Banks: Complex Problems, Simple Solutions By The Staff of the Corporate Executive Board 08-07-09

Banks: Complex Problems, Simple Solutions By The Staff of the Corporate Executive Board 08-07-09

Banks: Complex Problems, Simple Solutions
Consumers' complex financial issues are best solved with simple bank products. Financial services firms focused on selling complex solutions may be missing the mark, as well as the largest sales opportunity of the recession
By The Staff of the Corporate Executive Board
Business Week
August 7, 2009

In response to consumer fears, financial institutions are marketing their solvency and stability. By advertising their long history of safe lending practices, strong values, and community focus, banks are hoping to prevent widespread customer attrition and capture new business.

However, new research from the Financial Services Practice of The Corporate Executive Board finds that investing in this type of customer trust is overvalued. The opportunity presented by customers seeking safe depository products and institutions is quickly fading as the U.S. government steps in to insure and capitalize banks.

Instead, the biggest opportunity for financial institutions today lies with customers seeking help to rebuild their financial foundations that were shattered by the crisis. These are customers facing tough challenges to their basic financial well-being: such as a home to live in, a steady income, a minimum standard of living, even savings for emergencies.

Although customers view these challenges as complex, the solution is composed of relatively simple, traditional banking products like a 30-year fixed-rate mortgage. Customers need simple solutions not only because these products are best suited to address the issues but also because more complex products require the customer to take a leap of faith with the banker that may seem off-putting in today's environment.

Efforts to simplify customers' purchase decision-making process risks increasing their distrust and driving away potential business. Instead, create a sales process that clearly connects customers' complex problems with simple solutions through staff tools, frontline coaching and training, new online capabilities, and product development.

Banks must create a sales process that is thorough, transparent, and drives to a solution that customers will be certain will work. By providing their customers with more information on products, a clearer understanding of alternatives and risks, and precise clarity on how a particular product will solve their problem, banks will be better positioned for accomplishing two key goals: helping consumers regain their financial footing and capturing the post-crisis sales opportunity.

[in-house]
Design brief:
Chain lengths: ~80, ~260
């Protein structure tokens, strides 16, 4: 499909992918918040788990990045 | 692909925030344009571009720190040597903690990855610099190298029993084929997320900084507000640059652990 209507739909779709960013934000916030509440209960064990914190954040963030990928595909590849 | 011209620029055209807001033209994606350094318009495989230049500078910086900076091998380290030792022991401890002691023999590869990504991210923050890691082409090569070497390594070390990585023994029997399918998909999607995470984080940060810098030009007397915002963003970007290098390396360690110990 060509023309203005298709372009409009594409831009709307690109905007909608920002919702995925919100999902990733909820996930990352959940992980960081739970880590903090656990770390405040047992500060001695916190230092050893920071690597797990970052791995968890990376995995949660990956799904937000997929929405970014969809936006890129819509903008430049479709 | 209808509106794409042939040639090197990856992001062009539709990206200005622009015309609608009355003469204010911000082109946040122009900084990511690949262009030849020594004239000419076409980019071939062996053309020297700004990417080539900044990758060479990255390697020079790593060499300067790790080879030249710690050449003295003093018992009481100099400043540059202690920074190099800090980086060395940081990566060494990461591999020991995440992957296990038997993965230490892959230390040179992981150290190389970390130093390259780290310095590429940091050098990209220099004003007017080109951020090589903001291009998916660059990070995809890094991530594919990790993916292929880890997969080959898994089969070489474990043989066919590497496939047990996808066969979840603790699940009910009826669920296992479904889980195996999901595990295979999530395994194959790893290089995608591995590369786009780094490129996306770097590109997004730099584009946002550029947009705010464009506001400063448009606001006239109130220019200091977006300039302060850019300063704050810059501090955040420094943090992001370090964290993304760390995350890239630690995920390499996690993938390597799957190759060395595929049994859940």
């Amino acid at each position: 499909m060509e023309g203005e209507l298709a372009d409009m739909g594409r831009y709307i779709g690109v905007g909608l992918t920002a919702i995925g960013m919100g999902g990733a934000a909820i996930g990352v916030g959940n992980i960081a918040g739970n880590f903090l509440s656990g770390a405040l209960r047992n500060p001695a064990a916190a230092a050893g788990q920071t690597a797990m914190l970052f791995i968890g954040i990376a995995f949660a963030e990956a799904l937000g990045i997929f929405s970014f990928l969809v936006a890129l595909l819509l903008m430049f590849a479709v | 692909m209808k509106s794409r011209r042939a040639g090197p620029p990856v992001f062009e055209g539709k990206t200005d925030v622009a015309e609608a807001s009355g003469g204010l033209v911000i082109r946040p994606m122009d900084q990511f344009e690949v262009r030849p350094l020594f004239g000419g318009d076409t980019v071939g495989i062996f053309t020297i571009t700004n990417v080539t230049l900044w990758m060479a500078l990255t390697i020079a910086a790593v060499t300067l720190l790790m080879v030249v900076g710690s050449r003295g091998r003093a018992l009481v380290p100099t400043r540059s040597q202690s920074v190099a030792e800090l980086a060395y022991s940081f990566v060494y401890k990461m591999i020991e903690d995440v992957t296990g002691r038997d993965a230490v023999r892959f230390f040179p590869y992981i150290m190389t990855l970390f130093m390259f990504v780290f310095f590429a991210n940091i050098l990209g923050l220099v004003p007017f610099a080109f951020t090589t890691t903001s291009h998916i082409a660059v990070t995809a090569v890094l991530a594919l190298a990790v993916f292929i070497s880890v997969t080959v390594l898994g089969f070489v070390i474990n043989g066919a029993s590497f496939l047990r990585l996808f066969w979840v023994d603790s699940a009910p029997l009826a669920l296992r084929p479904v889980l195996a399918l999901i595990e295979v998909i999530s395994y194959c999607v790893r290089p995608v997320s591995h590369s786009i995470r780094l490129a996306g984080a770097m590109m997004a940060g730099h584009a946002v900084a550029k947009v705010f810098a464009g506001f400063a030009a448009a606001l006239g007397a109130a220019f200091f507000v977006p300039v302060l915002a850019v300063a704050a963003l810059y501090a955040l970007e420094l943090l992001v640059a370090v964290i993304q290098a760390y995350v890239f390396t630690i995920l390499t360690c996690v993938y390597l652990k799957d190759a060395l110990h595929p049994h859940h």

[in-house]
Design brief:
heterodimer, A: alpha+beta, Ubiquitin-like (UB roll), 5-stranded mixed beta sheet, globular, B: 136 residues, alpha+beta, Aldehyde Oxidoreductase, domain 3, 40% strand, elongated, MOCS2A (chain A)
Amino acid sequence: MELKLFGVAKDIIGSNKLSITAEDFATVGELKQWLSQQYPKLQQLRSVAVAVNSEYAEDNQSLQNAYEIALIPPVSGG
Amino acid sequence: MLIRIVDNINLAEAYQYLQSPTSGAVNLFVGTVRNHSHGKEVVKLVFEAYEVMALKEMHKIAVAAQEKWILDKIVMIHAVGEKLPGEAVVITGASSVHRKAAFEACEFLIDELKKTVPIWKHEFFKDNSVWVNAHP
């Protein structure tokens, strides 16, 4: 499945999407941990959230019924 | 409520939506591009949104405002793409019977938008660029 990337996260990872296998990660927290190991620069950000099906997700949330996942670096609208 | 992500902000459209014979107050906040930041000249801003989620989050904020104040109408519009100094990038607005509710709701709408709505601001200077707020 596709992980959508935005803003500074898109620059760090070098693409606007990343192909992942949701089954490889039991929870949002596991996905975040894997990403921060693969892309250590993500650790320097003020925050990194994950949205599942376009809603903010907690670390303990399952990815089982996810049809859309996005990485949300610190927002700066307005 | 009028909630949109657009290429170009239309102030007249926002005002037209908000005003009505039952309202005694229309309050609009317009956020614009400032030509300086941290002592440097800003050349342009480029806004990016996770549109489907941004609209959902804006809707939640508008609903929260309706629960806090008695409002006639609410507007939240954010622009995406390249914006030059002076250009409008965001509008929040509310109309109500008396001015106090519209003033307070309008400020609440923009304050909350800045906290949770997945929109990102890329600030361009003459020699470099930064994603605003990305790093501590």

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Big Banks Get Bigger During Recession

What will come of the banks as a result of the Stimulus Money? It seems that there are challenges that the larger banks can surpass easier than the small ones. This article identifies the benefits of being a "big dog" in the wake of the economic downturn and resulting bailout.

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Banks that were deemed “too big to fail” in the run up to the recent financial meltdown have gotten even larger as a result of assistance from the federal government.

The bailouts favored big banks, which can borrow money at a lower rate because of their perceived lower risk of failure. However, the imbalance could eventually weed out smaller outfits, with some senior government officials insisting that consumers already are seeing their choices narrow and the costs go up for financial services.

There also is the concern that banks could return to risky lending following the bailouts, which may have reinforced their presumptions that the federal government will intervene rather than allow them to fail.

At present, about one of every two mortgages and two of every three credit cards are issued by J.P. Morgan Chase, Bank of America, Wells Fargo, and Citigroup, according to government data. Regulators are watching these banks to ensure consumers continue to have choices.

Source: Washington Post, David Cho (08/28/09)